Bitmaker Labs shuts down, under investigation for running ‘unregistered college’

Editor’s note: Story updated at 8:30 PM with comment from the Ministry of Training, Colleges, and Universities.

A Toronto-based Web developer “boot camp” that charged a tuition for an intensive nine-week course in computer programming has shut down its operations while under investigation by the Ministry of Training, Colleges and Universities (MTCU).

A letter to site users took the place of Bitmaker Labs normal home page on Monday, explaining it had taken the action at the advice of legal counsel to avoid receiving a cease and desist request. The ministry began investigating Bitmaker Labs two weeks ago following an article mentioning it in the Globe & Mail.

The ministry confirms that Ontario’s Superintendent of Private Career Colleges is conducting an independent inquiry into Bitmaker Labs in an e-mail statement. “No enforcement action has been taken against Bitmaker Labs and the Ministry has not requested that Bitmaker Labs cease offering its program,” writes a ministry spokesperson.

It was either pre-emptively take down the Web site and stop operations, or face the possibility of stiff fines and jail time, according to Bitmaker Labs co-founder Matt Gray.

“We’re pretty enraged by the whole thing,” he says in a phone interview with “We had to deliver the news to our students this morning, which is pretty much the hardest thing we’ve ever had to do.”

In addition to shutting down its operations, the firm is now pulling together the paperwork to apply to become a private college. But it’s not the route the company was hoping to take, according to co-founder Tory Jarmain. It will mean the program’s curriculum must be approved by the Ministry, and that can take a lengthy amount of time in an industry that is changing daily.

“They don’t understand what we’re doing isn’t traditional education,” he says. “We have no choice but to conform to that.”

Bitmaker Labs has a plan to complete its current curriculum by applying to the ministry to teach a single skill course for Ruby on Rails, Jarmain adds. “We’ve received amazing support from our students, alumni, mentors and hiring partners since making the announcement and are doing everything we can to come into compliance so that we can get back to teaching.”

Bitmaker Labs was founded 10 months ago by five graduates from Western University. Its stated goal is to take Web developer beginners and make them capable of creating business-level Web applications in a nine-week curriculum. The tuition for the program is $9,000. That includes 40 hours of class time per week, Gray explains, each day is divided between a morning session and afternoon session. The morning begins with a lead instructor delivering a class, and after lunch several instructors work with the students in smaller groups to hone fully-finished Web applications.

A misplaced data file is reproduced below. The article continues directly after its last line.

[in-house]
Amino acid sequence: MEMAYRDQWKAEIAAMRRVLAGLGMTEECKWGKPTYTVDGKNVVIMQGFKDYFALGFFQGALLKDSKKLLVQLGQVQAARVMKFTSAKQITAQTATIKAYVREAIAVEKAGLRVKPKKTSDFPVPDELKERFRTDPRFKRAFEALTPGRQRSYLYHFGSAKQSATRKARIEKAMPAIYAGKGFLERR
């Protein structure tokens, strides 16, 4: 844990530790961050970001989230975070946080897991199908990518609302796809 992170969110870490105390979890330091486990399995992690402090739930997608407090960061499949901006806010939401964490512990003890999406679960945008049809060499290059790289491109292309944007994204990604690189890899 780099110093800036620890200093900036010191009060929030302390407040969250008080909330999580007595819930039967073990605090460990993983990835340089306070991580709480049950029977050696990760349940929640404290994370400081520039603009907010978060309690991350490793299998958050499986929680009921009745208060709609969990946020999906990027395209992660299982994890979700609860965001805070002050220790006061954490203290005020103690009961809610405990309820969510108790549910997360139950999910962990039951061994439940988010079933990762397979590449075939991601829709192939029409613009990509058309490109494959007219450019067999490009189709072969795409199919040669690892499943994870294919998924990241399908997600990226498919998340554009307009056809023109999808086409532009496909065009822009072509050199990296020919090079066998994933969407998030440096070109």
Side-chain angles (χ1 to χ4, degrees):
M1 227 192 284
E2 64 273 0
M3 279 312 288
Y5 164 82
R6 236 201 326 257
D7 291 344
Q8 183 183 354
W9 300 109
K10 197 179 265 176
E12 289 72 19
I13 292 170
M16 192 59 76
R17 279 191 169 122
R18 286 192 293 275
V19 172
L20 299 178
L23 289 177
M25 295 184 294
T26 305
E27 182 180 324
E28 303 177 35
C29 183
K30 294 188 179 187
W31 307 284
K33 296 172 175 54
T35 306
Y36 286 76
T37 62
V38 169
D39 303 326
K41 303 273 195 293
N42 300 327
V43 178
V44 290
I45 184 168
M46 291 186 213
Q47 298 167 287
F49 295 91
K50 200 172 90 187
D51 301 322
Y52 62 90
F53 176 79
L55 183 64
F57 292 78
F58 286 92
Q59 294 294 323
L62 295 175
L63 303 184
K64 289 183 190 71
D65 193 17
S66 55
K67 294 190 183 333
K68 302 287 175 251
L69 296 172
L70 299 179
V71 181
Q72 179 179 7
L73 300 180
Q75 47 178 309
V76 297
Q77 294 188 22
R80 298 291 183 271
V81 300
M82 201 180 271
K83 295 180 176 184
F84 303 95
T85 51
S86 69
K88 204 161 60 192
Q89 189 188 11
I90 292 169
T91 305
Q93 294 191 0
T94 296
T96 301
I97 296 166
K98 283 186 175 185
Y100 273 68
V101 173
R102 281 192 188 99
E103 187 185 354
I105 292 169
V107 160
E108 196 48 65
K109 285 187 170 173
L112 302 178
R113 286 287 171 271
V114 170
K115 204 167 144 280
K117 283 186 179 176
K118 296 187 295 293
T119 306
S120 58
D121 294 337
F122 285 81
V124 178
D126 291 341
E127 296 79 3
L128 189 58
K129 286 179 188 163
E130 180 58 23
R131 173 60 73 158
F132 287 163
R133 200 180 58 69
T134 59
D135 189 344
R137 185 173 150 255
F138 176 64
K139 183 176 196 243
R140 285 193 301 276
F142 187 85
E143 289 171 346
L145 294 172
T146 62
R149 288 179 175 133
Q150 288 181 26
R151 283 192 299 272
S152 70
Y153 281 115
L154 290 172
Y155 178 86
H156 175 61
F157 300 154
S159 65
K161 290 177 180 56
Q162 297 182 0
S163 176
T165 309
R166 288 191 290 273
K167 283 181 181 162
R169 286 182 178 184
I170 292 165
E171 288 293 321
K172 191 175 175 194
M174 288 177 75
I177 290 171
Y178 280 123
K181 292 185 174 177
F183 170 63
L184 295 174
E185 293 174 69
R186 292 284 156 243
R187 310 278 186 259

The program doesn’t issue diplomas, or even grades. What it does arrange at the end of the nine-week program is a job fair at which some of the 25 partner companies come to meet the students. Hiring partners listed on Bitmaker Labs’ cached Web site include Shopify, Uken Games, VidYard, TribeHR, FreshBooks, Wave, and ScribbleLive. A recent graduate is going to present a company idea at the TechCrunch Disrupt conference in San Francisco.

A ministry spokesperson says a program can be defined as vocational even if it doesn’t issue grades or program certificates. “Businesses that operate unlawfully in Ontario as unregistered private career colleges deprive students of the legal entitlements and protections.”

Businesses are looking to programs like Bitmaker Labs to help streamline their hiring processes, Gray says. It also helps dissuade talented students from heading to the U.S. in search of better Web development career options.

“We’re trying to put Toronto on the map here,” he says. “To shut it down just sends the signal that Toronto and Canada isn’t really serious about being innovative.”

Students, teachers, and members of the Toronto technology community took to Twitter and Facebook to express disappointment and anger targeted at the government as a result of the shut down.

“What kind of person doesn’t want people to be educated in one of the fastest growing skills in the world?” writes Ian Steffy on Bitmaker Labs’ Facebook page.

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Brian Jackson
Brian Jackson
Editorial director of IT World Canada. Covering technology as it applies to business users. Multiple COPA award winner and now judge. Paddles a canoe as much as possible.

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